Donald Trump Has Broken This Record

Government shutdown, Government shutdown, longest government shutdown, US government shutdown, Donald Trump, Trump, Donald Trump news, news on Trump, Trump news, Donald Trump latest

Washington, DC, USA on 1/10/2019 © Bakdc / Shutterstock

January 18, 2019 10:53 EDT

Donald Trump is as obsessed with breaking records as he is with breaking agreements. The Daily Devil’s Dictionary explains.

US President Donald Trump has set in motion a national counting game exploited by the media on a daily basis. It stems from the drama of his frustration with the political obstacles to obtaining the funding he believes is needed to build his border wall, which — just as fervently — he also believes is needed. Every media outlet now spends time updating the shutdown count with affirmations similar to this one from Business Insider: “The government shutdown is in day 27 and has shattered the record for the longest shutdown in history.”

Articles that mention this record are careful to highlight the downside, which deepens the competitive drama: The fact that the shutdown has put 800,000 people out of work, depriving them of income and, for many, throwing their private lives into chaos.

Here is today’s 3D definition:


A performance that surpasses all past performances and, therefore, constitutes in and of itself a news story

Contextual note

Today’s consumer culture, especially as it has been elaborated in the United States, reduces practically all human activities to two contrasting categories: competitive and boring. And while the government shutdown has proved painful not only to those who have been arbitrarily deprived of their livelihood, but also to businesses and citizens who depend on the public services they provide, the daily breaking of the record shutdown’s duration hasn’t yet become boring, though there is a risk that that may even happen after a while. Unless at some point the entire nation revolts.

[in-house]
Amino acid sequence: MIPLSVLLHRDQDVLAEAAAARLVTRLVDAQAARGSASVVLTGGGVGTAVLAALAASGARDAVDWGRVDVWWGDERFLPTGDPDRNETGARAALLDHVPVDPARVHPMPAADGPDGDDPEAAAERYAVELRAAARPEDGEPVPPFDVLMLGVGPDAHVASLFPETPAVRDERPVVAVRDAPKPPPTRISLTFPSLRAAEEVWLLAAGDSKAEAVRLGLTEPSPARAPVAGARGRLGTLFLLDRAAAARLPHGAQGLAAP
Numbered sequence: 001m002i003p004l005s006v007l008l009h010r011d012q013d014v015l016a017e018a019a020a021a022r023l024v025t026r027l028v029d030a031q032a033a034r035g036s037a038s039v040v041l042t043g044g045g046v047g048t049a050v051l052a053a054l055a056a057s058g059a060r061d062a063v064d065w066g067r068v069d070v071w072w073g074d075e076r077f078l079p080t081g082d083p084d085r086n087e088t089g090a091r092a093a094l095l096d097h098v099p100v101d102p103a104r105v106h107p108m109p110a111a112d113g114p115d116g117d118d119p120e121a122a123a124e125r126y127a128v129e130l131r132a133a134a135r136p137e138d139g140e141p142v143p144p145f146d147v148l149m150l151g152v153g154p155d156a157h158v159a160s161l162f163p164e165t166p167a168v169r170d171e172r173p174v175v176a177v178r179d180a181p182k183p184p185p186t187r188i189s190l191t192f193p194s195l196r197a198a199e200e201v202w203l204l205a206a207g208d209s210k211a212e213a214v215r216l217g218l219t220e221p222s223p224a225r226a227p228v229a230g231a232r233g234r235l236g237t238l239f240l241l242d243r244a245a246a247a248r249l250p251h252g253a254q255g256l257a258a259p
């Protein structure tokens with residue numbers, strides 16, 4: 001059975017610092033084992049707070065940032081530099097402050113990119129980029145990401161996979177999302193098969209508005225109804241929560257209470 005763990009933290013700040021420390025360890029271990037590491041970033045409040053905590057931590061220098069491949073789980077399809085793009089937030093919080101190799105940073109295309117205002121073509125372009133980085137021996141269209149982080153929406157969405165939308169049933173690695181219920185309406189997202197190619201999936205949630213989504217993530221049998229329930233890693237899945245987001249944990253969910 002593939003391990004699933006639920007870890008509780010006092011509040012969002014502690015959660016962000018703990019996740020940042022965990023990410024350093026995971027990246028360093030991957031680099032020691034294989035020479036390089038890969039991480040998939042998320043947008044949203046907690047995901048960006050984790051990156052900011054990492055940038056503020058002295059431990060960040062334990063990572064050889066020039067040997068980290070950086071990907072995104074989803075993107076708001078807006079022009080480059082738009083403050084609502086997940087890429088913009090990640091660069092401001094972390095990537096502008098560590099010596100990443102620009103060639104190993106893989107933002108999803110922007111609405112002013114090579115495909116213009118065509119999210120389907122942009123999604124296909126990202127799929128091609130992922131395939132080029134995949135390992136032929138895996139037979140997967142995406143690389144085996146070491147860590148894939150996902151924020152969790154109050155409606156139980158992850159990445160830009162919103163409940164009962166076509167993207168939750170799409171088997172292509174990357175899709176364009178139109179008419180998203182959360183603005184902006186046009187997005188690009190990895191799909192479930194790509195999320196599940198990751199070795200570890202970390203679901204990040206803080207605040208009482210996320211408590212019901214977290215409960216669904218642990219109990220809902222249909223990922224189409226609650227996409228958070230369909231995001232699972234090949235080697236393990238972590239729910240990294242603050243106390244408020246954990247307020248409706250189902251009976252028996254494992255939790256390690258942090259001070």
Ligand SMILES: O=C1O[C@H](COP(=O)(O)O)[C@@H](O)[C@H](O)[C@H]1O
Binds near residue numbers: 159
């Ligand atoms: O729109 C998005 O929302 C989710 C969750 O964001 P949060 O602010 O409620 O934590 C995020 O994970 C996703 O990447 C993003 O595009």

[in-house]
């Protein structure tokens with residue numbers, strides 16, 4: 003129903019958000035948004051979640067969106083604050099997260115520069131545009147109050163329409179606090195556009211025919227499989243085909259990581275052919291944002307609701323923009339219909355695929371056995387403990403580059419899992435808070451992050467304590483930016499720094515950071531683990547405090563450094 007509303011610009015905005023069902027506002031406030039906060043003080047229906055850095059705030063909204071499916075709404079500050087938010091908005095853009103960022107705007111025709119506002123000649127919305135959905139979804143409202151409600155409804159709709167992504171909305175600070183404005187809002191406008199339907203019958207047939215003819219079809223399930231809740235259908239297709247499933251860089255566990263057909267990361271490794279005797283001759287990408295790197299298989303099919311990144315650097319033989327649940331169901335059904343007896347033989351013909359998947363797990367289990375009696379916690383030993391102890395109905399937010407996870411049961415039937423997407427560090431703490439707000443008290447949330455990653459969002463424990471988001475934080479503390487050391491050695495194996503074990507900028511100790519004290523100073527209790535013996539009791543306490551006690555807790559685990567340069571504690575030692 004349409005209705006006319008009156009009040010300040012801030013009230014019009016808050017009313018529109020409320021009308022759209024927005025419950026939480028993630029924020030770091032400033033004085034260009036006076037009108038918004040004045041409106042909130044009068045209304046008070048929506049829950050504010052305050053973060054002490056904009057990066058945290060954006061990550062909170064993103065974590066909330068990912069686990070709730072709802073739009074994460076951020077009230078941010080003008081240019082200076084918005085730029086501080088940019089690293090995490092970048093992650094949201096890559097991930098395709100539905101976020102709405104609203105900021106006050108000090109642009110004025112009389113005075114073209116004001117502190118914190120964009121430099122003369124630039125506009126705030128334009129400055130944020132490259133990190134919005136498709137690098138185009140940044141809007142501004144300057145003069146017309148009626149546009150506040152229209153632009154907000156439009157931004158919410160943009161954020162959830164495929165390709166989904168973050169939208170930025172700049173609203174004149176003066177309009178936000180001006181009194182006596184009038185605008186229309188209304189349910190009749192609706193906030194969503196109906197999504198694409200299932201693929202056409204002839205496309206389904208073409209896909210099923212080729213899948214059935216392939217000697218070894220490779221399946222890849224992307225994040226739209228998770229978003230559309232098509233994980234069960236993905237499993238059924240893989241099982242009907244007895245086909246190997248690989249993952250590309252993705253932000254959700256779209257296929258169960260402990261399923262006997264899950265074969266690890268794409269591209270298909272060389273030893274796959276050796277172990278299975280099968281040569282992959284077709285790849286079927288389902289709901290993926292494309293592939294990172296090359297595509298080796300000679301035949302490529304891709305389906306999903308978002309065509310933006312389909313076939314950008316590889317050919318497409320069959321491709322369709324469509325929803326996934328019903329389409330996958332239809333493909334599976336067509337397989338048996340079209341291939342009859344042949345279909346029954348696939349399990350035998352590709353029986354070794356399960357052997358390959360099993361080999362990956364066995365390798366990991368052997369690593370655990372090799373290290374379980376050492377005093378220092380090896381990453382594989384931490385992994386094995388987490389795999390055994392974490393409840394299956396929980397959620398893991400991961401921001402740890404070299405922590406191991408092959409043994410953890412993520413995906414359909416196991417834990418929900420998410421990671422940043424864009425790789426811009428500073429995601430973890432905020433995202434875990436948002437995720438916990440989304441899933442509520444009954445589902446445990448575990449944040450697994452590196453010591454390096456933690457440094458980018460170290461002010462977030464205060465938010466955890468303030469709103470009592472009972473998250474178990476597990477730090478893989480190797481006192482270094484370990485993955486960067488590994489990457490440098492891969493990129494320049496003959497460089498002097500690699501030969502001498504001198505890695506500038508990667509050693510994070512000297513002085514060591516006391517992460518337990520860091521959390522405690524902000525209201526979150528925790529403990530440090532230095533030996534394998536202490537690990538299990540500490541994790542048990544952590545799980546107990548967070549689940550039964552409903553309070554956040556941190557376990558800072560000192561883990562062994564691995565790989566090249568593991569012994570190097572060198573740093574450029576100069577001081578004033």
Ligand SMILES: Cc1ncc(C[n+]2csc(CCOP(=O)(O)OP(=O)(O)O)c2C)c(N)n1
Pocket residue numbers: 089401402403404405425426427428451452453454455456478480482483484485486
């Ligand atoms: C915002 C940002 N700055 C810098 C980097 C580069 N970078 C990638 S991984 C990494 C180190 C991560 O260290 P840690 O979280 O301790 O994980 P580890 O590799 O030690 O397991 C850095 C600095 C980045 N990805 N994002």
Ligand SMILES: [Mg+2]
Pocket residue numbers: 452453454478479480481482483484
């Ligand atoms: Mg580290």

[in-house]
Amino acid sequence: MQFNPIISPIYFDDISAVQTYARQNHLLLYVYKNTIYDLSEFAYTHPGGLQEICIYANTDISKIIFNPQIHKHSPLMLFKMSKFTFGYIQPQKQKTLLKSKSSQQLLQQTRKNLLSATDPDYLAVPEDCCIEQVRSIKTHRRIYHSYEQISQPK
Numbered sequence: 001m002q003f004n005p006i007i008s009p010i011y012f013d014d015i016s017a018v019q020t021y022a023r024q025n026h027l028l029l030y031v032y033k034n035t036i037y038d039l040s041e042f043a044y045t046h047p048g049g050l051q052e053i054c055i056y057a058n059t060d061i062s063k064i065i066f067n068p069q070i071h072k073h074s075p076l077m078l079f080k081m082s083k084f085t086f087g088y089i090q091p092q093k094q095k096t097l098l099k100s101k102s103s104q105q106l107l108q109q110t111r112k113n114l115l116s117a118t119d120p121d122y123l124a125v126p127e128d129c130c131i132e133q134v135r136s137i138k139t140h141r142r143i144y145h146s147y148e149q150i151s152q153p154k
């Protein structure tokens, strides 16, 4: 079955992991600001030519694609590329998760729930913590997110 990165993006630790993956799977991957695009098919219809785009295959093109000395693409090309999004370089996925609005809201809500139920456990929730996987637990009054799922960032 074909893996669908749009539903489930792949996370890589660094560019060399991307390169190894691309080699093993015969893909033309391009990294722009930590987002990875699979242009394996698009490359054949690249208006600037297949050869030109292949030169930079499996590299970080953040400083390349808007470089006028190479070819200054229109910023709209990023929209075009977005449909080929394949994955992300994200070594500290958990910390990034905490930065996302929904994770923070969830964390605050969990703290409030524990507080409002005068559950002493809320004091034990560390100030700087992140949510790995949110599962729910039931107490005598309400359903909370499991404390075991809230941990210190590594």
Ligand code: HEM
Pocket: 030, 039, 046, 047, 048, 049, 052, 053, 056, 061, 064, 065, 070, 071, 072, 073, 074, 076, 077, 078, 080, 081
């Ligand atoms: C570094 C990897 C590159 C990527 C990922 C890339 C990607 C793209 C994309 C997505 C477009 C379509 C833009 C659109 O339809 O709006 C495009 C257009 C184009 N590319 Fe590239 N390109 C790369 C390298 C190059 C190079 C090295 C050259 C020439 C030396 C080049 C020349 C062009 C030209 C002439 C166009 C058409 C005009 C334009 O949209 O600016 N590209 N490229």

But can anything provoke Americans to revolt? Master pollster Nate Silver has been tracking the dramatic drop in Trump’s approval rating, which correlates with his stance on the shutdown. Silver believes Trump will survive it. “But will any of it really matter to Trump’s political standing, in the long run?” he asks. “The glib answer is ‘probably not.’” He cites what he calls “the insane velocity of the news cycle under President Trump” that is a kind of record-breaking pace in its own right.

The culture of competition that dominates not only sports, the media and politics, but even the arts and art education — where everything is rated, graded or priced — imposes two essential rules. The first is that for every human event, someone must win and someone must lose. The second is that over time, records must be broken. If the first principle is obvious, the second plays a dual role in the contemporary economy. Contests between competing performers create immediate suspense, but the drama of record-breaking adds the arrow of time to the repetitive, cyclical back and forth of winning and losing. In so doing, it produces what is perceived as “news” — i.e., something that has never happened before. It thus becomes a source of an essential human activity in today’s dynamic society: talking about what we do more or less routinely as if it were more important than it actually is.